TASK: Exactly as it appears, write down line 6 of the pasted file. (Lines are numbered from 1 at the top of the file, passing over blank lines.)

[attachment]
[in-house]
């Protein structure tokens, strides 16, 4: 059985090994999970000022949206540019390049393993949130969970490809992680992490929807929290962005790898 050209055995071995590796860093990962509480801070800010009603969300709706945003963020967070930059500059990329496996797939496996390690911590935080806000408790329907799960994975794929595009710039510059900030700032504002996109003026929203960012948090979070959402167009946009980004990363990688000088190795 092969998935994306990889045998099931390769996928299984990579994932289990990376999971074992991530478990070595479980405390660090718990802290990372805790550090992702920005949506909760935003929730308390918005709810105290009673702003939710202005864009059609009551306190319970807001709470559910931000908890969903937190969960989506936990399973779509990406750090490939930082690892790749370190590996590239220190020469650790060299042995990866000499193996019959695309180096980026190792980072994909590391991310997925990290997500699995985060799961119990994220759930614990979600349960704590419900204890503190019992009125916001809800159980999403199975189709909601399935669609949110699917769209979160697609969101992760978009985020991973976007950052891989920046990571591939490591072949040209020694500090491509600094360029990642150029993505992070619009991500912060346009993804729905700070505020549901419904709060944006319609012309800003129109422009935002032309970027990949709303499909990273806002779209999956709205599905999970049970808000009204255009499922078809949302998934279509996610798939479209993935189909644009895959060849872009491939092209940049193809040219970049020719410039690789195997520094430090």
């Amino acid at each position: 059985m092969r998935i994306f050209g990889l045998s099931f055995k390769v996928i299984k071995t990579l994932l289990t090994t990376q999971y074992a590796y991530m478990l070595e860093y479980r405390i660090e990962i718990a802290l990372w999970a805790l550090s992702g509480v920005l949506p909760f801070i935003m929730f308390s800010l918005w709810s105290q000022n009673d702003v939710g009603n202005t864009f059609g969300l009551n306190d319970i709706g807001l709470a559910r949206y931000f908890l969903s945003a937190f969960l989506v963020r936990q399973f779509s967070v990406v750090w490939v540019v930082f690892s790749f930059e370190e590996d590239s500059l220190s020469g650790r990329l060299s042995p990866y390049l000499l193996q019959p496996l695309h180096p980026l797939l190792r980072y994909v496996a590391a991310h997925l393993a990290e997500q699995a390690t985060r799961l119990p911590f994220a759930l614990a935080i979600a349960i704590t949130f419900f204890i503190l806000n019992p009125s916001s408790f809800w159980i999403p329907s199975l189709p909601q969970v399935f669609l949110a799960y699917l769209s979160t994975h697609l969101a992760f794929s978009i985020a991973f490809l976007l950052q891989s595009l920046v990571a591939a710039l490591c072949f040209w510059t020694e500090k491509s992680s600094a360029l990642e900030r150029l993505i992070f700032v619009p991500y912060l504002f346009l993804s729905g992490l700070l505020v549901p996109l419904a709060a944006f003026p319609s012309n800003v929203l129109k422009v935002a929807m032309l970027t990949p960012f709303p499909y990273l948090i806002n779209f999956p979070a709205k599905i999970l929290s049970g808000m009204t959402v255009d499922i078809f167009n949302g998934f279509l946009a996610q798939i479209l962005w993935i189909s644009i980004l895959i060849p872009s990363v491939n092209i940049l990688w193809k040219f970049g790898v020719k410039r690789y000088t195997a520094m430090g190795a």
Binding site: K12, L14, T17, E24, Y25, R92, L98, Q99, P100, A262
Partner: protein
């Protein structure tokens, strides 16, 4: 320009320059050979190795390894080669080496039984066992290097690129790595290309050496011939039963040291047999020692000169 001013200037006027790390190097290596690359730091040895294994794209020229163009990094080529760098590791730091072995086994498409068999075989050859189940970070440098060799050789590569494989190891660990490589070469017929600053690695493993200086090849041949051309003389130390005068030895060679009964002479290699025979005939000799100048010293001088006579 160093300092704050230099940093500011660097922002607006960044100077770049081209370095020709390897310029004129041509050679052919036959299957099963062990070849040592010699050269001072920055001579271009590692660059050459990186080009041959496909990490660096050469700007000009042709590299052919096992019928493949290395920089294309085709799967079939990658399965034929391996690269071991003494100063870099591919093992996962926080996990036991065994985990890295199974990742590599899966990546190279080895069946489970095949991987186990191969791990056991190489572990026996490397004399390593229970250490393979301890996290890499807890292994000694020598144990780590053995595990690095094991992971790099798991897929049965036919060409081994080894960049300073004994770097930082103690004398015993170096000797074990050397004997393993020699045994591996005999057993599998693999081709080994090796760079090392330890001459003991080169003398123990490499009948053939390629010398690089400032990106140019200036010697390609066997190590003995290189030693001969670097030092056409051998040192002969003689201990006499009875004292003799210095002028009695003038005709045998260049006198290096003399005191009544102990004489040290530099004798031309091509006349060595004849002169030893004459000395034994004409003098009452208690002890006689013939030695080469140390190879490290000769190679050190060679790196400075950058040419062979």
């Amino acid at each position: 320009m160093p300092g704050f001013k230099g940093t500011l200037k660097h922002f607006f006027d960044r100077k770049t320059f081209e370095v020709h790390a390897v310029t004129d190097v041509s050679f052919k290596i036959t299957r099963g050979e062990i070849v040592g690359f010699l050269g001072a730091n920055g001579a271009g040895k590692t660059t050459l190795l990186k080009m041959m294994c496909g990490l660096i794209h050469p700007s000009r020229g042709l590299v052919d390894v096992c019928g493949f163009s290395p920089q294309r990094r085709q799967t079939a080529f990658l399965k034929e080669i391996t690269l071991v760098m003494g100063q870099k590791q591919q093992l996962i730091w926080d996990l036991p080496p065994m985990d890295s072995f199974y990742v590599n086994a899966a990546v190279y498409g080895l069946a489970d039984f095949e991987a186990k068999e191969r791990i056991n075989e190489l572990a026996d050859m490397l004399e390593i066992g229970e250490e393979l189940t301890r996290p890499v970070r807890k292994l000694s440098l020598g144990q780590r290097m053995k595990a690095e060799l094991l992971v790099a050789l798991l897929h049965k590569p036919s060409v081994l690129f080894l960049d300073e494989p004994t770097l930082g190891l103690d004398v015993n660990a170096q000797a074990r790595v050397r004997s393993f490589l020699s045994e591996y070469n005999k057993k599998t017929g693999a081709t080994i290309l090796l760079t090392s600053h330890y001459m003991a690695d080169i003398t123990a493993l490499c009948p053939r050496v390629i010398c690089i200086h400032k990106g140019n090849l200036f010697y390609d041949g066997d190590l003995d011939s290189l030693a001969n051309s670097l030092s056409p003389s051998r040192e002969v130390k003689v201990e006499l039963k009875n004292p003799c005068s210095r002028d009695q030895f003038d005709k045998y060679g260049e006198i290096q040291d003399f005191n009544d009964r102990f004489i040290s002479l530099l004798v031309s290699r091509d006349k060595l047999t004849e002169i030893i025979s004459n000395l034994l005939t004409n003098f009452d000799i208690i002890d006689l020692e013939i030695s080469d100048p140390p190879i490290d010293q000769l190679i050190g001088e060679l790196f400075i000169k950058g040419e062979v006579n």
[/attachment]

């Protein structure tokens, strides 16, 4: 320009320059050979190795390894080669080496039984066992290097690129790595290309050496011939039963040291047999020692000169 001013200037006027790390190097290596690359730091040895294994794209020229163009990094080529760098590791730091072995086994498409068999075989050859189940970070440098060799050789590569494989190891660990490589070469017929600053690695493993200086090849041949051309003389130390005068030895060679009964002479290699025979005939000799100048010293001088006579 160093300092704050230099940093500011660097922002607006960044100077770049081209370095020709390897310029004129041509050679052919036959299957099963062990070849040592010699050269001072920055001579271009590692660059050459990186080009041959496909990490660096050469700007000009042709590299052919096992019928493949290395920089294309085709799967079939990658399965034929391996690269071991003494100063870099591919093992996962926080996990036991065994985990890295199974990742590599899966990546190279080895069946489970095949991987186990191969791990056991190489572990026996490397004399390593229970250490393979301890996290890499807890292994000694020598144990780590053995595990690095094991992971790099798991897929049965036919060409081994080894960049300073004994770097930082103690004398015993170096000797074990050397004997393993020699045994591996005999057993599998693999081709080994090796760079090392330890001459003991080169003398123990490499009948053939390629010398690089400032990106140019200036010697390609066997190590003995290189030693001969670097030092056409051998040192002969003689201990006499009875004292003799210095002028009695003038005709045998260049006198290096003399005191009544102990004489040290530099004798031309091509006349060595004849002169030893004459000395034994004409003098009452208690002890006689013939030695080469140390190879490290000769190679050190060679790196400075950058040419062979």